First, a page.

On September 11, 1985, with a sell-out crowd of 52,000 fans on hand at Cincinnati's Riverfront Stadium and millions of others watching on television, Pete Rose collected hit number 4,192 of his career and passed Ty Cobb as the all-time career hits leader. As he reached first base, thousands of cameras flashed, his teammates mobbed him, fireworks exploded and the crowd overwhelmed him with a seven-minute standing ovation. Rose was on top of the world. Less than four years later, he would be banned for life from baseball for allegedly betting on major league games, roundly criticized in the press by both fans and fellow players, and then convicted for tax evasion.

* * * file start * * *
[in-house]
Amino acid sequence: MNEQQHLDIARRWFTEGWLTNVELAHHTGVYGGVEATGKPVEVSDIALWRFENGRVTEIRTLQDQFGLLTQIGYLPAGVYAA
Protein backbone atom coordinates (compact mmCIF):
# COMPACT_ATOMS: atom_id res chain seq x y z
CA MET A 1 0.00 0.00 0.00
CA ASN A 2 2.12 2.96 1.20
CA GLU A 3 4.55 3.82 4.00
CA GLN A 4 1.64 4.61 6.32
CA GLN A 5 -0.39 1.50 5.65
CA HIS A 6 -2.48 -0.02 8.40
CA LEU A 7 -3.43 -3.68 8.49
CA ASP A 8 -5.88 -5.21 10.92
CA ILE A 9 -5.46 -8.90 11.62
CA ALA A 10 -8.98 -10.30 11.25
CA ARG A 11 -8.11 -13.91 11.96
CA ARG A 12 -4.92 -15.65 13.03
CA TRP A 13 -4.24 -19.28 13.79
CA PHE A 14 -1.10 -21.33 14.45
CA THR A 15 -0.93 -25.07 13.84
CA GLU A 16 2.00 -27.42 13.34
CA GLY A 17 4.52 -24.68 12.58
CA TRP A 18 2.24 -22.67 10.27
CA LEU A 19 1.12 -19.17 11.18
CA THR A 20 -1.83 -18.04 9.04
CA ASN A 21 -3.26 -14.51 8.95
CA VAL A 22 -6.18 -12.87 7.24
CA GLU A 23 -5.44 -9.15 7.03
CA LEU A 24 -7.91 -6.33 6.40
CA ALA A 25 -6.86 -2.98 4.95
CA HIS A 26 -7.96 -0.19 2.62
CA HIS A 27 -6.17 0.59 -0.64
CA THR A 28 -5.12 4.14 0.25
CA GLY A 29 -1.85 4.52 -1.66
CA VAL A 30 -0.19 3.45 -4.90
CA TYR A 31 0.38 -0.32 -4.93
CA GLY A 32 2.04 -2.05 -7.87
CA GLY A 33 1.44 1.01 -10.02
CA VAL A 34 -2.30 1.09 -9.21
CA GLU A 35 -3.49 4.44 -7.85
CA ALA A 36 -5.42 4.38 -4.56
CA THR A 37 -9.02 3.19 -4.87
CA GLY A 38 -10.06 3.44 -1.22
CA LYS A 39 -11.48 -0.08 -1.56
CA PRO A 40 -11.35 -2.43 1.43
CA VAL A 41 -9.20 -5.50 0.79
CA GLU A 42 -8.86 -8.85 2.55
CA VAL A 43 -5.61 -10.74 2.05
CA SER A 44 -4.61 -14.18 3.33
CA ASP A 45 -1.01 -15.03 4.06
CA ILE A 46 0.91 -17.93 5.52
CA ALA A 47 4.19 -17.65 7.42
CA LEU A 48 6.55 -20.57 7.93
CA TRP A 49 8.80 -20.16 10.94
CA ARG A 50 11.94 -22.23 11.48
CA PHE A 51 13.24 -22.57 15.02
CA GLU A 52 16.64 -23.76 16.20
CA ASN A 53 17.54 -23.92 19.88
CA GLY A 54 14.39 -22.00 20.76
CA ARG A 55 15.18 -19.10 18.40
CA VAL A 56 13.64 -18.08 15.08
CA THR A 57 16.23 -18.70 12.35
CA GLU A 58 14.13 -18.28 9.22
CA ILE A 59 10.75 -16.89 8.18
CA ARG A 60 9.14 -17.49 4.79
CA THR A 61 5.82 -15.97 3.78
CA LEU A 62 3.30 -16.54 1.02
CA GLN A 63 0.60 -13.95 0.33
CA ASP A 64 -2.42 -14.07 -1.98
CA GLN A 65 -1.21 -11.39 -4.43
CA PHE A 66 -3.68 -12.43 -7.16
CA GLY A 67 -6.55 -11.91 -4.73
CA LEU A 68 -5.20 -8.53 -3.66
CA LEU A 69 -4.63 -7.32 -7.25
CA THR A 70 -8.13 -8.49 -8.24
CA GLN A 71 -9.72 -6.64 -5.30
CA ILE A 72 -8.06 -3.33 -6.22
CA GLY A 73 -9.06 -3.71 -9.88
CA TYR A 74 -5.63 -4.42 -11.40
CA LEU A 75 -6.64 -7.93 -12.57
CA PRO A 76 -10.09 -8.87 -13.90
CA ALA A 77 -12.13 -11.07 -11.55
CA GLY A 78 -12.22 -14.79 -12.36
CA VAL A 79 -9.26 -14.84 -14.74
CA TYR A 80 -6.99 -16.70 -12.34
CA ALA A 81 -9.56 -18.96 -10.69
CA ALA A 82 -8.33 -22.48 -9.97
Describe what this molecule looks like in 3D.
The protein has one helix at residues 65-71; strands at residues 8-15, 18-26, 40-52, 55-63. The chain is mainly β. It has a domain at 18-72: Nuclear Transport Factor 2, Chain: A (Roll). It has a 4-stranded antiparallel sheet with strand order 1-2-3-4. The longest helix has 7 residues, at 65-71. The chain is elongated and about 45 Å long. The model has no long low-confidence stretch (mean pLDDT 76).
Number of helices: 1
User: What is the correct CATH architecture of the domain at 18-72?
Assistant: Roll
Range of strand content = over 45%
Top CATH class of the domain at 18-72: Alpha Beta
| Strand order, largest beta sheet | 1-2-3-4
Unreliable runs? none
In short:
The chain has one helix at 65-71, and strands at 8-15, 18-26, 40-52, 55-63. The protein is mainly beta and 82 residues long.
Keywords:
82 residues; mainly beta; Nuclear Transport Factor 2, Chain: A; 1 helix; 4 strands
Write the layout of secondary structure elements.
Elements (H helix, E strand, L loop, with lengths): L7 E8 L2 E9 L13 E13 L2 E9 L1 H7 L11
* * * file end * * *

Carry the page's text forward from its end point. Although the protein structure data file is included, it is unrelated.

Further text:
In 2003, fourteen years after he was made ineligible for the Hall of Fame, Commissioner Bud Selig took up Rose's application for reinstatement, igniting once again an intense debate about his legacy and baseball's long-standing zero-tolerance policy on gambling. This book gathers the available facts of Rose's life and career, as well as the scandals he was embroiled in, leaving the reader a more informed participant in the ongoing discussion.